by Joe Chappell
Nov 7 2011
Yesterday we looked at how past emerging markets can offer valauble lessons to European leaders amid the crisis in Greece. Today, we focus on how the turmoil in the eurozone is affecting European CEOs, and what lessons executives can take away from the recent financial crisis in the U.S. and the situation in Greece.
Why is eveyone else worried about Greece? Let's recap. If Greece defaulted, it could potentially topple financial institutions from French pension funds to German banks. Europe's economy could go into recession, which would reduce companies' abilities to compete internationally. And, if Greece defaults, will Italy, Portugal, Spain, and Ireland follow? How will a recession in Europe affect the rest of the world?
Ongoing talks are happening today in Athens regarding the replacement for PM George Papandreou. The BBC reports "Government sources told the BBC on Tuesday: 'It seems that a deal is very close.'"
Even if the outcome after today's cabinet meeting provides good news from Greece, which we are obviously hoping for, what are the concerns of European CEOs and what are they doing to prepare?
What do European executives have to say about the situation in Europe?
Businessweek reports: “'We would have to prepare for a slower economy and maybe even a slight recession in Europe,' Peter Voser, CEO of Royal Dutch Shell Plc, Europe’s largest oil company, said in an interview in Cannes. 'We need a fast solution and then we deal with the consequences. From a business perspective, if this goes on too long, so much uncertainty, investment will be delayed.'"
"Daimler AG, maker of Mercedes-Benz, last month reported its first earnings decline since the third quarter of 2009, burdened by expenses for new models. 'The problem that we see is that the debt crisis risks unsettling consumers, and unconfident consumers don’t buy premium cars,' Eichiner said. “We are already seeing signs of weakness in southern Europe.”
"To be sure, some executives say they will continue to expand despite the region’s troubles. 'We will continue to work and invest,' Christophe de Margerie, CEO of Total SA, Europe’s third-largest oil company, said yesterday in Cannes. 'On everything that is linked to access to natural gas and long term energy reserves we will continue to spend.'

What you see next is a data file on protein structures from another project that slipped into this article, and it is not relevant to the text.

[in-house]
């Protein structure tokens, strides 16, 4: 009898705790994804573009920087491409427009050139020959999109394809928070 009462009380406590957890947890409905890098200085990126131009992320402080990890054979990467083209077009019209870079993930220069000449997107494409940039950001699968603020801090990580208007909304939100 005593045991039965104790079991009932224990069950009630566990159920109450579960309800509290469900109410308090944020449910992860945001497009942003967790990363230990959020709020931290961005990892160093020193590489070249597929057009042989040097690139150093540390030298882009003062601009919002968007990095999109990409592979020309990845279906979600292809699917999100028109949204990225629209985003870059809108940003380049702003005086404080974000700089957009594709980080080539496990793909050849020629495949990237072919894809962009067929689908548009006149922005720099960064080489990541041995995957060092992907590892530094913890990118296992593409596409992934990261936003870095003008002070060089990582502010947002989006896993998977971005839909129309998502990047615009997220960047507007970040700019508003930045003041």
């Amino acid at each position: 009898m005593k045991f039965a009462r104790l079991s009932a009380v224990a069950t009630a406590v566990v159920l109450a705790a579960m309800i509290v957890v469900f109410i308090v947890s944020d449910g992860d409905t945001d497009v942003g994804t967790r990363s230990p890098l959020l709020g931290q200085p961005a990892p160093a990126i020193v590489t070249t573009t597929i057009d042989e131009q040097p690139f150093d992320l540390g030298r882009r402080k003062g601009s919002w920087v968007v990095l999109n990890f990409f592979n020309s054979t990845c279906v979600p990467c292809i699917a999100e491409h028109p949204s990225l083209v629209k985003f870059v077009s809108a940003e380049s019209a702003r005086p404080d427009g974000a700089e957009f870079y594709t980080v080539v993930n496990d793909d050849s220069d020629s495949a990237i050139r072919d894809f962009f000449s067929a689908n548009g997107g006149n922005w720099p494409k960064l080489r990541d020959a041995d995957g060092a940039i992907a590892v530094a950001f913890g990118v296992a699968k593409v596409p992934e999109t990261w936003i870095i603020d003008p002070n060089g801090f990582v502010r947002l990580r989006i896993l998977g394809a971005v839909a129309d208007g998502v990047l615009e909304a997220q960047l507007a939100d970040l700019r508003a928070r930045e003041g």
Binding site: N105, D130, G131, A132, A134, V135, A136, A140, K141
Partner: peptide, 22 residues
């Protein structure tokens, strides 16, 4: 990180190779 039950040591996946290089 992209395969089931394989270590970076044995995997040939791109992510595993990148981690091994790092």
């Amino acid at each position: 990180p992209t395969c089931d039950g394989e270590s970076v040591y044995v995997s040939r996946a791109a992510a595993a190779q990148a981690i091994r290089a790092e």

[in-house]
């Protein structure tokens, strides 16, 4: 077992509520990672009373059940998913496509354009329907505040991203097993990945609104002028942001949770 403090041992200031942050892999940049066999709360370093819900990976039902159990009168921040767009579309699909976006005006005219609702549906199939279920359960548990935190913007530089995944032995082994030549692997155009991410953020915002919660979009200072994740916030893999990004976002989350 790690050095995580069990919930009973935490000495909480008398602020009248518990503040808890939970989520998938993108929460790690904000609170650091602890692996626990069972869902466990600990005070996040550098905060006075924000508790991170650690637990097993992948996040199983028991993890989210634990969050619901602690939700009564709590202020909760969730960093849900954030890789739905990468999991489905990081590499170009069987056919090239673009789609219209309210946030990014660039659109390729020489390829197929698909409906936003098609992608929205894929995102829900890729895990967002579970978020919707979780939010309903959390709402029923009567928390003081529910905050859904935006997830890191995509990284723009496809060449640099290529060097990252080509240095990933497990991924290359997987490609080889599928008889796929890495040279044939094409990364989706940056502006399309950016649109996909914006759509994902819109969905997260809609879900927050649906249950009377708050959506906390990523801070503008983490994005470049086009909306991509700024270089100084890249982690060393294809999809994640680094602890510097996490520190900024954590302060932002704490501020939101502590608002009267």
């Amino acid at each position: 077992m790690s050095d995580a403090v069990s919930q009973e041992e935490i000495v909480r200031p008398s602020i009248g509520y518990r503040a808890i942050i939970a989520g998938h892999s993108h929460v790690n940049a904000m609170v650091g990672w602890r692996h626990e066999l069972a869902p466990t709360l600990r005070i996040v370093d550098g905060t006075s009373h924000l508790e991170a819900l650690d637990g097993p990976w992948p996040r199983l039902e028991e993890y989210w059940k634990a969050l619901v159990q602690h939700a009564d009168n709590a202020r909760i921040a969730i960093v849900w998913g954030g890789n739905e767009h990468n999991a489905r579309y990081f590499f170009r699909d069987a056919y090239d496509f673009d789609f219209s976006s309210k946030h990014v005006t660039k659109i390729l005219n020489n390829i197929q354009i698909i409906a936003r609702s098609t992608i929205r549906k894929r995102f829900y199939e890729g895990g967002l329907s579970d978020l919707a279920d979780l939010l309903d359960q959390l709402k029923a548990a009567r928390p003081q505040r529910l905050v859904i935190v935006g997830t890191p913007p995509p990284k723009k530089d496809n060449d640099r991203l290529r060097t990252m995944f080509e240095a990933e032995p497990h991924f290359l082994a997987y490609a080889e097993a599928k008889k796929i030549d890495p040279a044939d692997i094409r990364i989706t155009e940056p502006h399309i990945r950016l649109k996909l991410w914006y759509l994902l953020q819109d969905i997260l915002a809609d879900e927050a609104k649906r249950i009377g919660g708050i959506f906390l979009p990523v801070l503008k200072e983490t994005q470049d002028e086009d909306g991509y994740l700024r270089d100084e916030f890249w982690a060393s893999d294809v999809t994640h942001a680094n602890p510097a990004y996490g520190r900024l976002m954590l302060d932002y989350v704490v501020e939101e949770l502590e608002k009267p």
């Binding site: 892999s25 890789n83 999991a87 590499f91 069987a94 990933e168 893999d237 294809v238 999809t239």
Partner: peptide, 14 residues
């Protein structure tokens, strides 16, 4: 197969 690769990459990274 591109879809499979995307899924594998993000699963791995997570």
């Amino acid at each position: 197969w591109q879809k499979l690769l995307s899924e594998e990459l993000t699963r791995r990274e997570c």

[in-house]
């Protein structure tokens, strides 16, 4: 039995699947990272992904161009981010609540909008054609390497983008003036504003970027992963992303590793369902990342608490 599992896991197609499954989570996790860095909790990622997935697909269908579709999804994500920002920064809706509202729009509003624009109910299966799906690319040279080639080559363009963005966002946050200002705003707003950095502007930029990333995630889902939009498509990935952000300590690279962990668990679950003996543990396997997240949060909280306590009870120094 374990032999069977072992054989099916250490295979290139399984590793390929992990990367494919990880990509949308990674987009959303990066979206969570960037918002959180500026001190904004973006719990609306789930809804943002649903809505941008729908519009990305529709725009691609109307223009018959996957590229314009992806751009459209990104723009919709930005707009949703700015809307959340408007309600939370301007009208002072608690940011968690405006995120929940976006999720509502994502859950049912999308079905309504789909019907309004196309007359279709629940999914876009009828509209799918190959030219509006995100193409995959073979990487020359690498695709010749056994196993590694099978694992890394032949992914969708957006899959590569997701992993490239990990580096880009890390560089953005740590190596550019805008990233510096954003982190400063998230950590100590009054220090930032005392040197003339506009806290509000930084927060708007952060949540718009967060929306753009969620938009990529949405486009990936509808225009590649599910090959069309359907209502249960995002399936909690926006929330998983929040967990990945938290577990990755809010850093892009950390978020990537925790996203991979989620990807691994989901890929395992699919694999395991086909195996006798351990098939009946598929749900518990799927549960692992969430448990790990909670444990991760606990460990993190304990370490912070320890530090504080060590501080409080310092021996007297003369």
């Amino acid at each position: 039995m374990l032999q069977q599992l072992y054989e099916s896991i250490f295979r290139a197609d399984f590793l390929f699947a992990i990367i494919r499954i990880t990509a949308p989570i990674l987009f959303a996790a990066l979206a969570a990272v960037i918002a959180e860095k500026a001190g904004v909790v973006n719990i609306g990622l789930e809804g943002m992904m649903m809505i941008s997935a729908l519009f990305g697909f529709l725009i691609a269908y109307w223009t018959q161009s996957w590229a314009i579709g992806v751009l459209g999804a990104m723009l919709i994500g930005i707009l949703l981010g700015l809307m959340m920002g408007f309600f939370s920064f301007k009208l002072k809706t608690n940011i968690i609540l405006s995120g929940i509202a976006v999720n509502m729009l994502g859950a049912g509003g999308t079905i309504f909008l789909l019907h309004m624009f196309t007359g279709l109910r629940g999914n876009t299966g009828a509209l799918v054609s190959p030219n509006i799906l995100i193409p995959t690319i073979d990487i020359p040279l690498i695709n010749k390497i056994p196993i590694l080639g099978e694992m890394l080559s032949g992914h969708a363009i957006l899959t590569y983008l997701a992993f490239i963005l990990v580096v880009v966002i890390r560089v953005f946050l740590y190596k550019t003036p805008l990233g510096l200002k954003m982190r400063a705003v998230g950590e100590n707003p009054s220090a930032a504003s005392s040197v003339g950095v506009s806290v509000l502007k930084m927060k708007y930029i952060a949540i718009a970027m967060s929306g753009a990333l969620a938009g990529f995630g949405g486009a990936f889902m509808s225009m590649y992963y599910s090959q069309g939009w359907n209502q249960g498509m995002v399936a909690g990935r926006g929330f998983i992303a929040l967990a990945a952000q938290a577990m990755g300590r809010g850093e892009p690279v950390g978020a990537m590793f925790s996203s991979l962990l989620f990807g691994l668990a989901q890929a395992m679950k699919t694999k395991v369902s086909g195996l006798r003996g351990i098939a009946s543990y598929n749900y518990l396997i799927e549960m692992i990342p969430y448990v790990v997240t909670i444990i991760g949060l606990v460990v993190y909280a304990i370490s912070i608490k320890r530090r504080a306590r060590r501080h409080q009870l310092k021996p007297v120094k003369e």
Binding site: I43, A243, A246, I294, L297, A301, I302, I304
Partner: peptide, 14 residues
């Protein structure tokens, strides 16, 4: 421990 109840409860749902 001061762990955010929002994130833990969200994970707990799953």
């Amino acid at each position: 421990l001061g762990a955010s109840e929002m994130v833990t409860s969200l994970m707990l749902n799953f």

What are some key points executives can take away from both the U.S. and European financial crises?
- Regulate. In the U.S. it was a lack of regulation in mortgage lending. In Greece, it was with debt. Over-regulating is of course as equally unproductive as a lack of regulation, but examine how rules are designed, who adapts them, and monitor compliance.
- Be transparent. Not only in how the company makes money, but how does it spend money? Where are the resources coming from and where are they going, and how are they being allocated?
- Instill trust. Trust is built upon social benevolence, transparency, authority, and accountability.
What other valuable lessons can executives learn from the current financial turmoil? Share your thoughts on the AESC/ BlueSteps LinkedIn page.
This article was written by Joe Chappell from the Association of Executive Search Consultants (AESC).
BlueSteps is the exclusive service of the AESC that puts senior executives on the radar screen of over 8,000 executive search professionals in over 70 countries. Be visible, and be considered for up to 75,000 opportunities handled by AESC search firms every year. Find out more at www.BlueSteps.com.
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